April 24, 2023
By Ahmed Saeed & Asra Haque
In a three-storey building in Walton’s Madina Colony, accessed by a narrow and dark pathway and steep concrete stairs, Salma and 12 other members of her family reside in a two-room portion on the second floor.
She and her aged father are the primary breadwinners of their household. Salma works as a cook in her area, and administers polio drops when the government’s polio eradication programme rolls in. Despite working two jobs, she barely makes enough to pay rent – last month, she had to rely on the support of her neighbours to pay for the roof over her family’s head and electricity so that her five school-going children can do their homework in the light.
Salma had been married once. She and her children – two daughters and three sons – lived with her then-husband in Multan and by her own admission lived an even worse life than now. She was regularly beaten and abused and eventually kicked out when he contracted another marriage. Homeless, she went back to her parents in Lahore.
Her ex-husband however refused to give custody of their children to her, and so began an exhausting and challenging legal battle.
Salma was lucky in that she lived in close proximity to a paralegal center run by Parveen, an affiliate of the AGHS Legal Aid Cell. A neighbour informed her of the center, and Salma reached out, seeking divorce and custody of her five minor children. She was referred to AGHS Legal Aid Cell and even met the late Asma Jahangir who encouraged her never to lose hope.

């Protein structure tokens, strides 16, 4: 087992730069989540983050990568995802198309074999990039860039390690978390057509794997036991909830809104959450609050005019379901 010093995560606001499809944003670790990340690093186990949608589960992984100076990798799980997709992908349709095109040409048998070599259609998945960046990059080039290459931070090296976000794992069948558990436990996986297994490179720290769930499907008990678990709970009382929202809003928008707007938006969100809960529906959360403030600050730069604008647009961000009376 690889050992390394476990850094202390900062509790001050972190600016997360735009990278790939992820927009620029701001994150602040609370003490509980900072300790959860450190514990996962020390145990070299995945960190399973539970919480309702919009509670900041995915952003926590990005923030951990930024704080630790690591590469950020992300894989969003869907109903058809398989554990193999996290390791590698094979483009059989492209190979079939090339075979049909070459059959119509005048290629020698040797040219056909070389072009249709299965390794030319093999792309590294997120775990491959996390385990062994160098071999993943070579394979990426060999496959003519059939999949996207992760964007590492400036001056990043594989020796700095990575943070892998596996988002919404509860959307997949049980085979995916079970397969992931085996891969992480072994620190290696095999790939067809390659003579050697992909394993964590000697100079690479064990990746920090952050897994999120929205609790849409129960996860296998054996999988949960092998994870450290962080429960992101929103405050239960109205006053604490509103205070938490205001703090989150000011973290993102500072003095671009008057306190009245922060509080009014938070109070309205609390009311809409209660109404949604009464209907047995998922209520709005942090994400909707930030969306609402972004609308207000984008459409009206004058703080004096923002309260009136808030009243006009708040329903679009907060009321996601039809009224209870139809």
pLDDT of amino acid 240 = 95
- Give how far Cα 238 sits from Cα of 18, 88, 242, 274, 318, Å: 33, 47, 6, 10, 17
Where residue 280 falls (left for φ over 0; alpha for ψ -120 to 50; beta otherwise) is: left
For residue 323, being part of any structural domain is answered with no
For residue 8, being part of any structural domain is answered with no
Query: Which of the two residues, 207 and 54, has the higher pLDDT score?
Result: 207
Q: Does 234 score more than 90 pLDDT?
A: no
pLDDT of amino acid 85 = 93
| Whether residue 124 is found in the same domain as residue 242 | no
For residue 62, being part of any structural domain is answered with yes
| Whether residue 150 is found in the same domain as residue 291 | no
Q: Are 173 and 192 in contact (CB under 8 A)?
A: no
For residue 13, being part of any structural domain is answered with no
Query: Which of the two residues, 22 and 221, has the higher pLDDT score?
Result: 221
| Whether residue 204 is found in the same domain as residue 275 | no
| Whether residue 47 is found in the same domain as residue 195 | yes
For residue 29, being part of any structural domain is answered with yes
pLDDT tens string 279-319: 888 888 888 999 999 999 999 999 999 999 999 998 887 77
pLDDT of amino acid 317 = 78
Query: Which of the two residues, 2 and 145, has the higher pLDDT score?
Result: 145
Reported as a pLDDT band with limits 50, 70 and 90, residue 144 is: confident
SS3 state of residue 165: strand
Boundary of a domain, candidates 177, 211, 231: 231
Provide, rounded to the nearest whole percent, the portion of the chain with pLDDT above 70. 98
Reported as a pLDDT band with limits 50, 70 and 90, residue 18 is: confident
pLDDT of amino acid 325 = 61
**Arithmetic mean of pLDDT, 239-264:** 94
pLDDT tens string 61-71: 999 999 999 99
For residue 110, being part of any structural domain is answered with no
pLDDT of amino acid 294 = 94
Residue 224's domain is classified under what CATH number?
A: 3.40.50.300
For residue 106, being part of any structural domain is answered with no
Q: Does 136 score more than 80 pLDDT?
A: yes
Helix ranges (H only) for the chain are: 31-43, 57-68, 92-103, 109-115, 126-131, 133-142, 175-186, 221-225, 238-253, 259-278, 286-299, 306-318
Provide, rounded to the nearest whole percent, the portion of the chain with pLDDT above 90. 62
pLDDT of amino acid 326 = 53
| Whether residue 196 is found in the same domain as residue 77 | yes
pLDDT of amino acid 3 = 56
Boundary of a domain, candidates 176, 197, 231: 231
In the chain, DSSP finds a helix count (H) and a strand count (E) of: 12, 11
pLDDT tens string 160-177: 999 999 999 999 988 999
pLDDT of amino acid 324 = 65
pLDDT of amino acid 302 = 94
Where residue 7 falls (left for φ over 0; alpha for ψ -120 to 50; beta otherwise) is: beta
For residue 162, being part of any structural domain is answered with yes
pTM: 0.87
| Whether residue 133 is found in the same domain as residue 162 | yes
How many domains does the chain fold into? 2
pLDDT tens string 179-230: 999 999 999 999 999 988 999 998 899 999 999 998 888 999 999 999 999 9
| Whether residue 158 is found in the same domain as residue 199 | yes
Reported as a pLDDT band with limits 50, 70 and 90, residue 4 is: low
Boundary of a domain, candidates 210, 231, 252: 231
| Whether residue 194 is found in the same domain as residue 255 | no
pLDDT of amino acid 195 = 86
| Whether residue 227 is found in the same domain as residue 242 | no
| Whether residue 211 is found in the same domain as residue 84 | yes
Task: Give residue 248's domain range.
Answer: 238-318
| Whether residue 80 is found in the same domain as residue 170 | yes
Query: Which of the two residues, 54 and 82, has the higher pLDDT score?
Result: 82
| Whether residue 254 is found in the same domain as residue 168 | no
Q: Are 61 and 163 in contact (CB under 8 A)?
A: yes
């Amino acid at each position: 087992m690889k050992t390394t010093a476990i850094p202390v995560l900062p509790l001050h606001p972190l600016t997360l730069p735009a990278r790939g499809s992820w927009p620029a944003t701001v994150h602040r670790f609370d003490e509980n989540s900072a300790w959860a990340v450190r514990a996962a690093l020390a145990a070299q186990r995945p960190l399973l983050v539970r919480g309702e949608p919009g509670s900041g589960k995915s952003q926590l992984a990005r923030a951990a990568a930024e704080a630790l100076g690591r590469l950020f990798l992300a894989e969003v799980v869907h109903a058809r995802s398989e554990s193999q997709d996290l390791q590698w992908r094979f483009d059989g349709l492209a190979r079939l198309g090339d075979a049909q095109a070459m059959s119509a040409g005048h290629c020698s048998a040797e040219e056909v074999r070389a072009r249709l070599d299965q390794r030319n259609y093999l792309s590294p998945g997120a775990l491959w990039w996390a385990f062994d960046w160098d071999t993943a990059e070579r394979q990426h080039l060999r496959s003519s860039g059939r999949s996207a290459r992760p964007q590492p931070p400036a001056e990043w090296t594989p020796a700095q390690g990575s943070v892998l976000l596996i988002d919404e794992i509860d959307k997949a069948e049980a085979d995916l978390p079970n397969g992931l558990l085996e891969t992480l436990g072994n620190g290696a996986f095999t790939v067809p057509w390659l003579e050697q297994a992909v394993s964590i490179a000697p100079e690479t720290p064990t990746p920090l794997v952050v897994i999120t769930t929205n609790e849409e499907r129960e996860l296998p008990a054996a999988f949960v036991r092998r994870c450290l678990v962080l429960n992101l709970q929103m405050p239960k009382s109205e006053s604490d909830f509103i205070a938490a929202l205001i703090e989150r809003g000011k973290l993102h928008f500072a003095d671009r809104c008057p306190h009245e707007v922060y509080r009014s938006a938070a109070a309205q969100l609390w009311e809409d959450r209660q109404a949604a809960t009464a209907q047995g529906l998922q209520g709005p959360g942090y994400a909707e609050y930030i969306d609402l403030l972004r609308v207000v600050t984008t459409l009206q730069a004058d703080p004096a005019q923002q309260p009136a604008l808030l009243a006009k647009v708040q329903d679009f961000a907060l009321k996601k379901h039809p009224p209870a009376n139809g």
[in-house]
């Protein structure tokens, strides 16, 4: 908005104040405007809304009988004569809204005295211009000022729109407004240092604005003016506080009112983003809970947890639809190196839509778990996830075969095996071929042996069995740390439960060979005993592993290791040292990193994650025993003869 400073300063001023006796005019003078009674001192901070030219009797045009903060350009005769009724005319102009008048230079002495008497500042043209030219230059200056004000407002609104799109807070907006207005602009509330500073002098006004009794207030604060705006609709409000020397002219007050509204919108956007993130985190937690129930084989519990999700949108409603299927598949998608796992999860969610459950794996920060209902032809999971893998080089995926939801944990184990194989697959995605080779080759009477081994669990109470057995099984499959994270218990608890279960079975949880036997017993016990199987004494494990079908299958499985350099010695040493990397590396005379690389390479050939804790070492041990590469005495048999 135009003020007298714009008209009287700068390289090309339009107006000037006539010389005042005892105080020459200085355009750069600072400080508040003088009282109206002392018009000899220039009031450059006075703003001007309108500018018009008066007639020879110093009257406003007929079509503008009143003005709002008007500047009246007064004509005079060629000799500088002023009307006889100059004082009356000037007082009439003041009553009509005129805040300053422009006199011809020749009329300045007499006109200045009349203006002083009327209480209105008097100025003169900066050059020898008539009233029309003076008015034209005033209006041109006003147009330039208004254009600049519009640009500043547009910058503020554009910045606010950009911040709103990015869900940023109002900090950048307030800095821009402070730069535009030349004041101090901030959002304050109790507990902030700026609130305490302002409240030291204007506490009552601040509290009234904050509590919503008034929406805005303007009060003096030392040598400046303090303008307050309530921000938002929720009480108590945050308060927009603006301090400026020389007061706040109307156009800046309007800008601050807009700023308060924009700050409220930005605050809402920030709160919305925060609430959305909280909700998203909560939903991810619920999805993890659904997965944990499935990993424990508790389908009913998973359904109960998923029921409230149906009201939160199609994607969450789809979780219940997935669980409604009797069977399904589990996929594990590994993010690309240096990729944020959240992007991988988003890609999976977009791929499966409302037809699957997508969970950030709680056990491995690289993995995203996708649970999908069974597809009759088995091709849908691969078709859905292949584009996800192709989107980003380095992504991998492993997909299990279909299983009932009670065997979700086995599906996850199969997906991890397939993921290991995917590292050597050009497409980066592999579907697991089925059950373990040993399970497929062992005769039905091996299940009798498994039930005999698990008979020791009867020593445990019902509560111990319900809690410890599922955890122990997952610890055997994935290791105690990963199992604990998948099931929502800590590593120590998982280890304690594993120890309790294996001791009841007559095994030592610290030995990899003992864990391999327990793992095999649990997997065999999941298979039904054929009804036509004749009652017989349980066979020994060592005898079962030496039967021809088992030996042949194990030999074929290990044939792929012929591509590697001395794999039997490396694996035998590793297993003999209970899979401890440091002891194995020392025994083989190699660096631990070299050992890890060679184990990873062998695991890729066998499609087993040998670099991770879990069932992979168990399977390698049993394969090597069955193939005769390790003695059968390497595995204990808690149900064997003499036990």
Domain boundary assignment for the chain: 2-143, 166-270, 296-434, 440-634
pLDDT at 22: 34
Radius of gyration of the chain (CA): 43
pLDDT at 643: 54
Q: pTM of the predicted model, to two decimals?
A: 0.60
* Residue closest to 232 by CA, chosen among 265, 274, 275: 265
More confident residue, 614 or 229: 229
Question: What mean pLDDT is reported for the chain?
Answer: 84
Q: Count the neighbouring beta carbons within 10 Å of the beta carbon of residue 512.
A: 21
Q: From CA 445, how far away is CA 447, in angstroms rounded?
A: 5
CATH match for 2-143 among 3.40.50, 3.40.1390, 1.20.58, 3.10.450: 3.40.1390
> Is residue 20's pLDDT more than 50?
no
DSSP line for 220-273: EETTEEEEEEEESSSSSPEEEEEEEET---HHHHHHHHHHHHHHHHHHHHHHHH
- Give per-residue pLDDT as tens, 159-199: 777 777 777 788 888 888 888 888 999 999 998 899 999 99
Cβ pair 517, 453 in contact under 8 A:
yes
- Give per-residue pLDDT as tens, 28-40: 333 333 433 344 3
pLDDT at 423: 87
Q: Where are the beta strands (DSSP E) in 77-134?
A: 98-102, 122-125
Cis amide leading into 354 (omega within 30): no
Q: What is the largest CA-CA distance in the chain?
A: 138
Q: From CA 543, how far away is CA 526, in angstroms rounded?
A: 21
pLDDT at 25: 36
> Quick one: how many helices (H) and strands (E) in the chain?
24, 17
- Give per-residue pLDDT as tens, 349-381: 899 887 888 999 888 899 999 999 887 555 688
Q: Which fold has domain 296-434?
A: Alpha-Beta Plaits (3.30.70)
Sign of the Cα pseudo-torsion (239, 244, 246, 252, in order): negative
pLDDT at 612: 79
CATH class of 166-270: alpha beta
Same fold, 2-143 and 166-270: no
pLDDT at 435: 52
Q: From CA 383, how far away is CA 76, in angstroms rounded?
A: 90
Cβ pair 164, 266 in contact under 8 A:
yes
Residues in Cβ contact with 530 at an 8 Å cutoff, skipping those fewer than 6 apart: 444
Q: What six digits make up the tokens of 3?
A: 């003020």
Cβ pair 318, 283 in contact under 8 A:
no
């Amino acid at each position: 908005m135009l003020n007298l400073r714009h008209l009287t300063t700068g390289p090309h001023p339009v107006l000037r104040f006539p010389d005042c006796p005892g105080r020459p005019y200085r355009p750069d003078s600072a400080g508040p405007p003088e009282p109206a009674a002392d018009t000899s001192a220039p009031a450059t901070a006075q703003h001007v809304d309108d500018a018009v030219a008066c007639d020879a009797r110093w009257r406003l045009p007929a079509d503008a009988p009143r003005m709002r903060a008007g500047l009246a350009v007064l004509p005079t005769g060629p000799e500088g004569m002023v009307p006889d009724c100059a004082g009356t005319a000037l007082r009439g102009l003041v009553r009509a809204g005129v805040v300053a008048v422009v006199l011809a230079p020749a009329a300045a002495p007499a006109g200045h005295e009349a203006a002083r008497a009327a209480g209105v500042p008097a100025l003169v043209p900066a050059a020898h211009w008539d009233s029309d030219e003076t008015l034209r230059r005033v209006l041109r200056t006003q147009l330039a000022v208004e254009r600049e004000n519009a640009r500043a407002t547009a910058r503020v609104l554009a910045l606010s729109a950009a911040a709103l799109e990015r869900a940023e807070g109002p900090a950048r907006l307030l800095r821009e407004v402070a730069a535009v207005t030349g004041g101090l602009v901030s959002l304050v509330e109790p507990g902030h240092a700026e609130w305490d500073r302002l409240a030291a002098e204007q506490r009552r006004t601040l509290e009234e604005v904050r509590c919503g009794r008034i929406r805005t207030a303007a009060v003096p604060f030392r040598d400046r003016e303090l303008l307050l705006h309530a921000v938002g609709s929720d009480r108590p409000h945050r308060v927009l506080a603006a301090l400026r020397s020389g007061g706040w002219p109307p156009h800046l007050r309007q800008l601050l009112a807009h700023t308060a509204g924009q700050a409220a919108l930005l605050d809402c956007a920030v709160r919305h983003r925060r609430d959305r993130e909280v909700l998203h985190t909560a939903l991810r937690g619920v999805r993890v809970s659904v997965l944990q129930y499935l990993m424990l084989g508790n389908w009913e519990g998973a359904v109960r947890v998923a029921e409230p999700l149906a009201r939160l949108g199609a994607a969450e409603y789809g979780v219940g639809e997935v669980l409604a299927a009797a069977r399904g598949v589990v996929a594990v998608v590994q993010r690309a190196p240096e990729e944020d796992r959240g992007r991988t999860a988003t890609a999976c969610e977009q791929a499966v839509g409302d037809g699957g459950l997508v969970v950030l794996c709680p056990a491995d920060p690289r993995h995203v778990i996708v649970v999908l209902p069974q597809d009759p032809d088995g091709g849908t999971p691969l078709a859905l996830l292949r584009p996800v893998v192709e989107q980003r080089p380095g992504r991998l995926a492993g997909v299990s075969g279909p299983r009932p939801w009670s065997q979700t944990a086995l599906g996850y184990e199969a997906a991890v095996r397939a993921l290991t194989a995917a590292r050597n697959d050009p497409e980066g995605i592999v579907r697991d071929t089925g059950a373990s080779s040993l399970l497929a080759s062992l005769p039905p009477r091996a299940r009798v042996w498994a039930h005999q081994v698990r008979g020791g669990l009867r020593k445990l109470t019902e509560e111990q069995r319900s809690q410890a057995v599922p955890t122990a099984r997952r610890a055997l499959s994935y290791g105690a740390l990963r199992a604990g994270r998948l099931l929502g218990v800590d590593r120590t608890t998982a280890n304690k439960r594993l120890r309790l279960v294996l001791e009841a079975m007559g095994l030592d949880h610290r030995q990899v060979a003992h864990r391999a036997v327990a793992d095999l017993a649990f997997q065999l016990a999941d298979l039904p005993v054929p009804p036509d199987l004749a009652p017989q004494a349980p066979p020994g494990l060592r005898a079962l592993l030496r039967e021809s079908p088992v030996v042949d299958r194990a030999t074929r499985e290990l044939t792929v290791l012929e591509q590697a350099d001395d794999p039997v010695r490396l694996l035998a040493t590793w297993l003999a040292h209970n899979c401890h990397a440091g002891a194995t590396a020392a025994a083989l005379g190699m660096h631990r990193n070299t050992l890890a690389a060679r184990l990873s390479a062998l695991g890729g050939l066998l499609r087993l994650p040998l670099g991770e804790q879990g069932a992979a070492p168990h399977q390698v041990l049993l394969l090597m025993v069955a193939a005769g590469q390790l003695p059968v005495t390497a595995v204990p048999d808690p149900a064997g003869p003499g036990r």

“When we went to get [my children] from their grandmother’s house, they did not even have any warm clothes. They were skin and bones,”
she recalls the bittersweet moment she saw their faces after such a prolonged absence.
“She was a ghost without her children. Lifeless… she would cry all the time. When she got them back, it was the beginning of a new life for her,” her mother, also named Parveen, recounts. “We stood by her then, and we will continue to stand by her as she carves out their future.”
Salma has since done what she can to move on from her traumatic past. Her two eldest are in fourth-grade while the others are in kindergarten. Their books are worn, their schoolbags frayed. And as they will inevitably grow older and graduate to higher grades, Salma will need the money to afford the books and pay fat fees to ensure they do not drop out.
In 2020, Salma filed a plea through AGHS for maintenance from her ex-husband. She says that in order to prevent taking responsibility for their children’s upbringing, her former spouse remarried and named his new wife the sole heir of his property.
Despite several notices, her ex-husband refuses to appear before court and has so far managed to drag the case in court for the past three years. Salma believes that he has gone underground, as even the police have been unsuccessful in tracing him.
In the meanwhile, she is carrying on any way she can to give her children a shot at a better life.
“One common man should not be that difficult to find,” she laments. Salma’s fight is far from over, and though she is severely exhausted at this point, she understands the importance of taking the stand for one’s rights.
“Women should be like Asma Jahangir and fight for their rights, because there is no other way we can obtain them,” she says.